Outdoors

Yorkshire Moors

Out on the wiley, windy moors

So here they are, as promised in my previous post.

These pastures are right beyond the Haworth Parsonage and the church–there are several little paths that lead out on the moors.

I believe Top Withens, carved on the above sign, was Emily Brontë’s original inspiration for the setting of Wuthering Heights.

I wish I could have seen more of the moors, but I had to rush back to town to catch the bus. Yeah, literally I ran on the moors, though for much more practical and much less romantic reason than that I wish I were a girl, half savage and hardy and free. (Well, I am ever an indoors person.)

“Heeeeathcliiiiiiiiiiiiiifffff!!!”


Whatever our souls are made of, his and mine are the same.

I’ve always had hard time with Wuthering Heights. It was a struggle for me to read it in English (when Jane Eyre and The Tenant of Wildfell Hall weren’t) and I don’t like the narrative style, though I can get past that. What really was the problem, as it is probably for many people, was that the book was promoted to me as romance–when it isn’t. It’s a story about revenge and cycles of abuse, as brilliantly explained in this Tumblr post. Once I understood that, I got it. And what I always liked, even before I knew all of this, was the ending and how Catherine the younger and Hareton get together. I have no doubt the first Catherine and Heathcliff loved each other, but they were both awful and hurt everyone around them. Whereas Catherine Jr and Hareton chose kindness in the end and they lived happily ever after. (And let’s not forget, in the 1998 adaptation Hareton is played by Matthew Macfadyen, who went on to play Mr Darcy in the 2005 version of Pride and Prejudice!)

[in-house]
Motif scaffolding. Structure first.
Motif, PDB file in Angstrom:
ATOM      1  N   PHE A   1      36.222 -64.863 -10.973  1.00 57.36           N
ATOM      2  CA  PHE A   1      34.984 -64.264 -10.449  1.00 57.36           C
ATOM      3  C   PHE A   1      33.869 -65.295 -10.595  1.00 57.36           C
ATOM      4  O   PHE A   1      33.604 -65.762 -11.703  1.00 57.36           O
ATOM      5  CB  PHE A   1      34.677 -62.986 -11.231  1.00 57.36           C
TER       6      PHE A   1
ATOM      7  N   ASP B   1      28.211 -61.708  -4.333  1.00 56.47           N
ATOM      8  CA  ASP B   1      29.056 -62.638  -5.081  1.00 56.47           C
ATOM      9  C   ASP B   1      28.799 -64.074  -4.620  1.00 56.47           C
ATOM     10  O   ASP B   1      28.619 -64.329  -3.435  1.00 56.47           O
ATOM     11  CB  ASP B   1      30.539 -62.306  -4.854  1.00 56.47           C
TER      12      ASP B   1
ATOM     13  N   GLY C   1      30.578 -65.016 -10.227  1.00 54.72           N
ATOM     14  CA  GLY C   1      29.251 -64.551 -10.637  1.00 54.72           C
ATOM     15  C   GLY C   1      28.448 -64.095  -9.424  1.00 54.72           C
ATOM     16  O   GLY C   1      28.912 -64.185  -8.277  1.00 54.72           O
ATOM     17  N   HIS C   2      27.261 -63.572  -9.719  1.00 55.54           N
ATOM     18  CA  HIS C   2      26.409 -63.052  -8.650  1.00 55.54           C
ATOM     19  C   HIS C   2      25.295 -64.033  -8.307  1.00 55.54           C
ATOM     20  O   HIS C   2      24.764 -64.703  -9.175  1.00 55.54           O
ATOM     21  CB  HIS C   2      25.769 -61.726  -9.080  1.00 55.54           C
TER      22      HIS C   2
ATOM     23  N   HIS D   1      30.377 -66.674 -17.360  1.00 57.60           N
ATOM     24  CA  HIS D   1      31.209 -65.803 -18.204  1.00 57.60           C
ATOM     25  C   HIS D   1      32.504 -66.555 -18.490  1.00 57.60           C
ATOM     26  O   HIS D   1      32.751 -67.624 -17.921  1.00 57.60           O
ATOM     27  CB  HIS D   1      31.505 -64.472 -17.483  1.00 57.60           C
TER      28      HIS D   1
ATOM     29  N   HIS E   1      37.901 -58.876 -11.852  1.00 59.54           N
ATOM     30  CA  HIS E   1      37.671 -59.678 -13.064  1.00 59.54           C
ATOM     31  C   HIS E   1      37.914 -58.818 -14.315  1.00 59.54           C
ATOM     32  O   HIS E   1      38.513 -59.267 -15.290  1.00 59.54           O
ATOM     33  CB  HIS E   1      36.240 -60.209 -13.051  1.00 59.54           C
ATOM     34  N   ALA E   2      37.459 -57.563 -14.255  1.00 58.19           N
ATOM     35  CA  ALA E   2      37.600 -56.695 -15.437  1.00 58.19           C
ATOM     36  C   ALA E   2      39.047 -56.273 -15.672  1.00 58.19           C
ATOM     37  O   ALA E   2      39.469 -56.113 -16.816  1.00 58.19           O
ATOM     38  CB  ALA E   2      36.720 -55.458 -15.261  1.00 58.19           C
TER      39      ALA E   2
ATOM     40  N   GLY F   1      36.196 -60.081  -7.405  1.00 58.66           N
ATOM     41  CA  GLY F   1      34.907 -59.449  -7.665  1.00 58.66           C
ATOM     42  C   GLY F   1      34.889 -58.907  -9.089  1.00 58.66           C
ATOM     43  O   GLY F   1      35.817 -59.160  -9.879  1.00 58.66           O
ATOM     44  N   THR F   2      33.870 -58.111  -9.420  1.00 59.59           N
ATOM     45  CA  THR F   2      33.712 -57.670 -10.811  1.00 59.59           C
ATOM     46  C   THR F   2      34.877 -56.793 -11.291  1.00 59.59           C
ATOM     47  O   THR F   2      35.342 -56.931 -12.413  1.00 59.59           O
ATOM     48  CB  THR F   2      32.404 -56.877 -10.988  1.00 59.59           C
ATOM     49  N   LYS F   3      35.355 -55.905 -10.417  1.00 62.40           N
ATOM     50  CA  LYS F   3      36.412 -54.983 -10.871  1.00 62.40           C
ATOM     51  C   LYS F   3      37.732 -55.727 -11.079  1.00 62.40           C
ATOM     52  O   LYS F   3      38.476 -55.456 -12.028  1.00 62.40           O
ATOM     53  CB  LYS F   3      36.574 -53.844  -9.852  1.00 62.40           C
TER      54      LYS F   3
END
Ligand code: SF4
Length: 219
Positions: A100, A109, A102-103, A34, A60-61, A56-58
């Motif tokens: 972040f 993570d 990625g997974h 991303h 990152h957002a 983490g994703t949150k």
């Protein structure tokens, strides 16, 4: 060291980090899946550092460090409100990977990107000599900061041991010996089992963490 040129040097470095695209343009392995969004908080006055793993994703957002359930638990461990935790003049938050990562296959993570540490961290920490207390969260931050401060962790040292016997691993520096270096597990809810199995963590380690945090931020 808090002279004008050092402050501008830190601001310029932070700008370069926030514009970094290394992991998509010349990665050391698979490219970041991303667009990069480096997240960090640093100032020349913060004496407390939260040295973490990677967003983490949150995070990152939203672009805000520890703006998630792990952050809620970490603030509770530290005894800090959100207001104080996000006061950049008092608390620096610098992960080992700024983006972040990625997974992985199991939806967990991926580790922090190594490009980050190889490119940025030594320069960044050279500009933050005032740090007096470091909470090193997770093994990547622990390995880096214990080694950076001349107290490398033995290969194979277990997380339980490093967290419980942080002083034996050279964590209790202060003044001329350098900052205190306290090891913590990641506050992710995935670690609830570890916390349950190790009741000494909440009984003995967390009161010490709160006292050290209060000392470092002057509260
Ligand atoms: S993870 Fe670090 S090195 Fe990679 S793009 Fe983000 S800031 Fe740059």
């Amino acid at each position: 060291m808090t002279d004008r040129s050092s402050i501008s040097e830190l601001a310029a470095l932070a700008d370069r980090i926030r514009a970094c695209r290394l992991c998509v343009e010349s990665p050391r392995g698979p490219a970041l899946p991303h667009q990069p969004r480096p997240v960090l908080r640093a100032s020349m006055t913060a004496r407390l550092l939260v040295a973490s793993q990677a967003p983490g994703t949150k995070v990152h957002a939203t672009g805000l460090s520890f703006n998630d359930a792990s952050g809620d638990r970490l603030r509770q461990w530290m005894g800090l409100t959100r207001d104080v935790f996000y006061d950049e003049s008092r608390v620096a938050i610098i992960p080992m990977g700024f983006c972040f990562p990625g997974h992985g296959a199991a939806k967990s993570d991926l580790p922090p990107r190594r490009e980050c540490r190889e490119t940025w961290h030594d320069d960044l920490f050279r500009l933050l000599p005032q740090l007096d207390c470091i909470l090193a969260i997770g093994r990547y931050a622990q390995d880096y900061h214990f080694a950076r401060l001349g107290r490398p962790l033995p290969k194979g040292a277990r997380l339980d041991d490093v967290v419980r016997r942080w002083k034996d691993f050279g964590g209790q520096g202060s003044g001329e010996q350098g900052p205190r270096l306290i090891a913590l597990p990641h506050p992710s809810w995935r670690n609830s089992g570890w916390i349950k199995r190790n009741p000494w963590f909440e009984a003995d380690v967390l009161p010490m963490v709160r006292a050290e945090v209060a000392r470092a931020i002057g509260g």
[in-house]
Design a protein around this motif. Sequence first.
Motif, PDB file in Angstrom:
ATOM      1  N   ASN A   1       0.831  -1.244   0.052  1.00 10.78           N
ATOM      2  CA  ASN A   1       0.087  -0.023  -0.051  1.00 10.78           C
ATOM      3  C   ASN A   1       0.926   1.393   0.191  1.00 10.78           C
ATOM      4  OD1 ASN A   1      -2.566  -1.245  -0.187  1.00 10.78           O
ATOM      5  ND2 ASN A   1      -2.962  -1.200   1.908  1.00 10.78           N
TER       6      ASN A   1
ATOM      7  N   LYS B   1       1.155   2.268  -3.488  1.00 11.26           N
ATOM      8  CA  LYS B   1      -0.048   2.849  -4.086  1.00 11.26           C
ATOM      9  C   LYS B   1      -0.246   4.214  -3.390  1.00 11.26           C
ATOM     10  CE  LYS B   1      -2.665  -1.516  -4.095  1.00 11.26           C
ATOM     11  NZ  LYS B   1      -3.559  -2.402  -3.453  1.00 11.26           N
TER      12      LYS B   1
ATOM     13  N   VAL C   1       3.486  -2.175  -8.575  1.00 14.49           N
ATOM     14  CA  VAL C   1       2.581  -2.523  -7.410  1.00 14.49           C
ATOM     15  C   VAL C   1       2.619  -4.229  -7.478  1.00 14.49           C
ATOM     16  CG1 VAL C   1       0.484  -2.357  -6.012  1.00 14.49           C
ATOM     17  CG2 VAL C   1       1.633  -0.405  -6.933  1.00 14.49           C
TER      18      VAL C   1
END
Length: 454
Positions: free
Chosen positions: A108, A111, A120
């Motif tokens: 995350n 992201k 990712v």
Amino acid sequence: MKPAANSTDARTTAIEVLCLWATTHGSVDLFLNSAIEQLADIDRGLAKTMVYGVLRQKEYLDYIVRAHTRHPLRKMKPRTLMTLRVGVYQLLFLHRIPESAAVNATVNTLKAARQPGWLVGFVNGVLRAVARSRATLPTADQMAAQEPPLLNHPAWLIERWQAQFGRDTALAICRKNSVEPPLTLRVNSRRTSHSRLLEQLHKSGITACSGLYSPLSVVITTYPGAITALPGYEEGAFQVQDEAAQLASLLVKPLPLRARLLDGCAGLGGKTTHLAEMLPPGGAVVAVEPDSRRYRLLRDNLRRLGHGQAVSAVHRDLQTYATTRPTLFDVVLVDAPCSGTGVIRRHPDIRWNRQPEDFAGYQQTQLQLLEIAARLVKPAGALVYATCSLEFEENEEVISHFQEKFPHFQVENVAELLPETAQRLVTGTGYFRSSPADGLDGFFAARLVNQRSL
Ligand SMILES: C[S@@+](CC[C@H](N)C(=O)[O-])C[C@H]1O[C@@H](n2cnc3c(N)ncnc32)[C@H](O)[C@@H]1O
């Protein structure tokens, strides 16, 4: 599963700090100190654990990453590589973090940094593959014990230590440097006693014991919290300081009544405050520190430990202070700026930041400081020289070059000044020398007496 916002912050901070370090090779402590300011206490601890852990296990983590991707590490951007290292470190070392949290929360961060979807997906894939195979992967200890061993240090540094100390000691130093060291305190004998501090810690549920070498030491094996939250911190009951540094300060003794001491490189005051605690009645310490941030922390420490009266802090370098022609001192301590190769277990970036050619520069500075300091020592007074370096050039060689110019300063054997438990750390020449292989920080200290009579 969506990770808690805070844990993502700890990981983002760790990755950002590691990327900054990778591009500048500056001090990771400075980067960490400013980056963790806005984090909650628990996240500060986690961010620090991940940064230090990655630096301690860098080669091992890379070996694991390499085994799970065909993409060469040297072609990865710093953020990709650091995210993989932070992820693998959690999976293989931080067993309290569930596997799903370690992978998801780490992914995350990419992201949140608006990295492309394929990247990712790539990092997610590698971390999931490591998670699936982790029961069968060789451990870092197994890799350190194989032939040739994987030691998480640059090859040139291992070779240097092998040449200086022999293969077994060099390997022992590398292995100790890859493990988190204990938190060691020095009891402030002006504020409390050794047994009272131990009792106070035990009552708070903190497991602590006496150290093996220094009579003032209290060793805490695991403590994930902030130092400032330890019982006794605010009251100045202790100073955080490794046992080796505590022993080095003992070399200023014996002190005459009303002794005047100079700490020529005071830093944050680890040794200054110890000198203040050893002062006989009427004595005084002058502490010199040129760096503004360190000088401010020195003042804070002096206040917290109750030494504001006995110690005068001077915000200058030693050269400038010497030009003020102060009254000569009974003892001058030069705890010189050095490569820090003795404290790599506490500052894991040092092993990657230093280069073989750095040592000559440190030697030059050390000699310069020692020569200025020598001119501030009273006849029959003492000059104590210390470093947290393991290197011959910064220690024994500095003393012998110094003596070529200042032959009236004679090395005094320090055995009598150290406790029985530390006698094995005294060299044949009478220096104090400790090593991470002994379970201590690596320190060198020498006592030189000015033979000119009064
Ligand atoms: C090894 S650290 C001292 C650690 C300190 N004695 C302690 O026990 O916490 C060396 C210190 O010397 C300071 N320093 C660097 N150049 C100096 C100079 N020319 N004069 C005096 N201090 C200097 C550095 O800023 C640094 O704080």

After seeing the moors with my own eyes, I no longer wonder why Emily Brontë wrote Wuthering Heights. How could she not?

My own video, made by smartphone.

You may have recongised the first line of this post, out on the wiley, windy moors, as the line not from the book, but from the 1978 song by the magnificent Kate Bush. I wonder, could this song be considered a musical version of fanfiction?

Fun fact: Kate Bush and Emily Brontë share the same birthday, 30th July.

And thus concludes my Haworth trilogy.

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